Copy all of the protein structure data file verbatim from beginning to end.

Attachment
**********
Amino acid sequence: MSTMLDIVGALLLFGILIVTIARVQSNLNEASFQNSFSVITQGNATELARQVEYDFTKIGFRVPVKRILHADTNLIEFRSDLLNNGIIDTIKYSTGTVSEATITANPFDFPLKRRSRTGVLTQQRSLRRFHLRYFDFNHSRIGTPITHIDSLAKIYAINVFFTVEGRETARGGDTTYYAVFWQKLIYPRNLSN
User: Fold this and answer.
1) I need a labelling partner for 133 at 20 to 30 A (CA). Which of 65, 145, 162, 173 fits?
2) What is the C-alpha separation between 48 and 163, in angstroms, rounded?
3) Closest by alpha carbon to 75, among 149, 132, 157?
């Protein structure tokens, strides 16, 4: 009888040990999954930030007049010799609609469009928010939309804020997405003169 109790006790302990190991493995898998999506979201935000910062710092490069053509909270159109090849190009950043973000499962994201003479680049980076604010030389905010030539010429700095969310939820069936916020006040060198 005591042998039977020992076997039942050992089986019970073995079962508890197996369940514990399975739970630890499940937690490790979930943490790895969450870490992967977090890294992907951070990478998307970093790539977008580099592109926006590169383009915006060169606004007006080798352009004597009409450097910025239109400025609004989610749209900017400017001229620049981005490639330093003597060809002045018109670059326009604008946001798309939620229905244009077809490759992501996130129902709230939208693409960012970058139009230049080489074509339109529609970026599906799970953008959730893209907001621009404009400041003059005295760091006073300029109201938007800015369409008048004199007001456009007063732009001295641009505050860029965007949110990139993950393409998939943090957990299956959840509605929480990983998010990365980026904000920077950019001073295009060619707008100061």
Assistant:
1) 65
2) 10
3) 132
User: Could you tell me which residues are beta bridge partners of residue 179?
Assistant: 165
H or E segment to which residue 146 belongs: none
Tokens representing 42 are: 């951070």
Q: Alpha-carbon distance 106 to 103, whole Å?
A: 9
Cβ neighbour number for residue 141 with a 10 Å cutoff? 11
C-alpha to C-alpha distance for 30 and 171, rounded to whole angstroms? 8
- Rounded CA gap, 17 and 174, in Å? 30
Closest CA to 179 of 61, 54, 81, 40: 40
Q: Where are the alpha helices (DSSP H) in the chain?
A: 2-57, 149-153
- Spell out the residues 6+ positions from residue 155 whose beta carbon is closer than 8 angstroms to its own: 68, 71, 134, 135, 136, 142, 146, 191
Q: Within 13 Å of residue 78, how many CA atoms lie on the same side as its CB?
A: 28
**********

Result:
Amino acid sequence: MSTMLDIVGALLLFGILIVTIARVQSNLNEASFQNSFSVITQGNATELARQVEYDFTKIGFRVPVKRILHADTNLIEFRSDLLNNGIIDTIKYSTGTVSEATITANPFDFPLKRRSRTGVLTQQRSLRRFHLRYFDFNHSRIGTPITHIDSLAKIYAINVFFTVEGRETARGGDTTYYAVFWQKLIYPRNLSN
User: Fold this and answer.
1) I need a labelling partner for 133 at 20 to 30 A (CA). Which of 65, 145, 162, 173 fits?
2) What is the C-alpha separation between 48 and 163, in angstroms, rounded?
3) Closest by alpha carbon to 75, among 149, 132, 157?
């Protein structure tokens, strides 16, 4: 009888040990999954930030007049010799609609469009928010939309804020997405003169 109790006790302990190991493995898998999506979201935000910062710092490069053509909270159109090849190009950043973000499962994201003479680049980076604010030389905010030539010429700095969310939820069936916020006040060198 005591042998039977020992076997039942050992089986019970073995079962508890197996369940514990399975739970630890499940937690490790979930943490790895969450870490992967977090890294992907951070990478998307970093790539977008580099592109926006590169383009915006060169606004007006080798352009004597009409450097910025239109400025609004989610749209900017400017001229620049981005490639330093003597060809002045018109670059326009604008946001798309939620229905244009077809490759992501996130129902709230939208693409960012970058139009230049080489074509339109529609970026599906799970953008959730893209907001621009404009400041003059005295760091006073300029109201938007800015369409008048004199007001456009007063732009001295641009505050860029965007949110990139993950393409998939943090957990299956959840509605929480990983998010990365980026904000920077950019001073295009060619707008100061």
Assistant:
1) 65
2) 10
3) 132
User: Could you tell me which residues are beta bridge partners of residue 179?
Assistant: 165
H or E segment to which residue 146 belongs: none
Tokens representing 42 are: 């951070």
Q: Alpha-carbon distance 106 to 103, whole Å?
A: 9
Cβ neighbour number for residue 141 with a 10 Å cutoff? 11
C-alpha to C-alpha distance for 30 and 171, rounded to whole angstroms? 8
- Rounded CA gap, 17 and 174, in Å? 30
Closest CA to 179 of 61, 54, 81, 40: 40
Q: Where are the alpha helices (DSSP H) in the chain?
A: 2-57, 149-153
- Spell out the residues 6+ positions from residue 155 whose beta carbon is closer than 8 angstroms to its own: 68, 71, 134, 135, 136, 142, 146, 191
Q: Within 13 Å of residue 78, how many CA atoms lie on the same side as its CB?
A: 28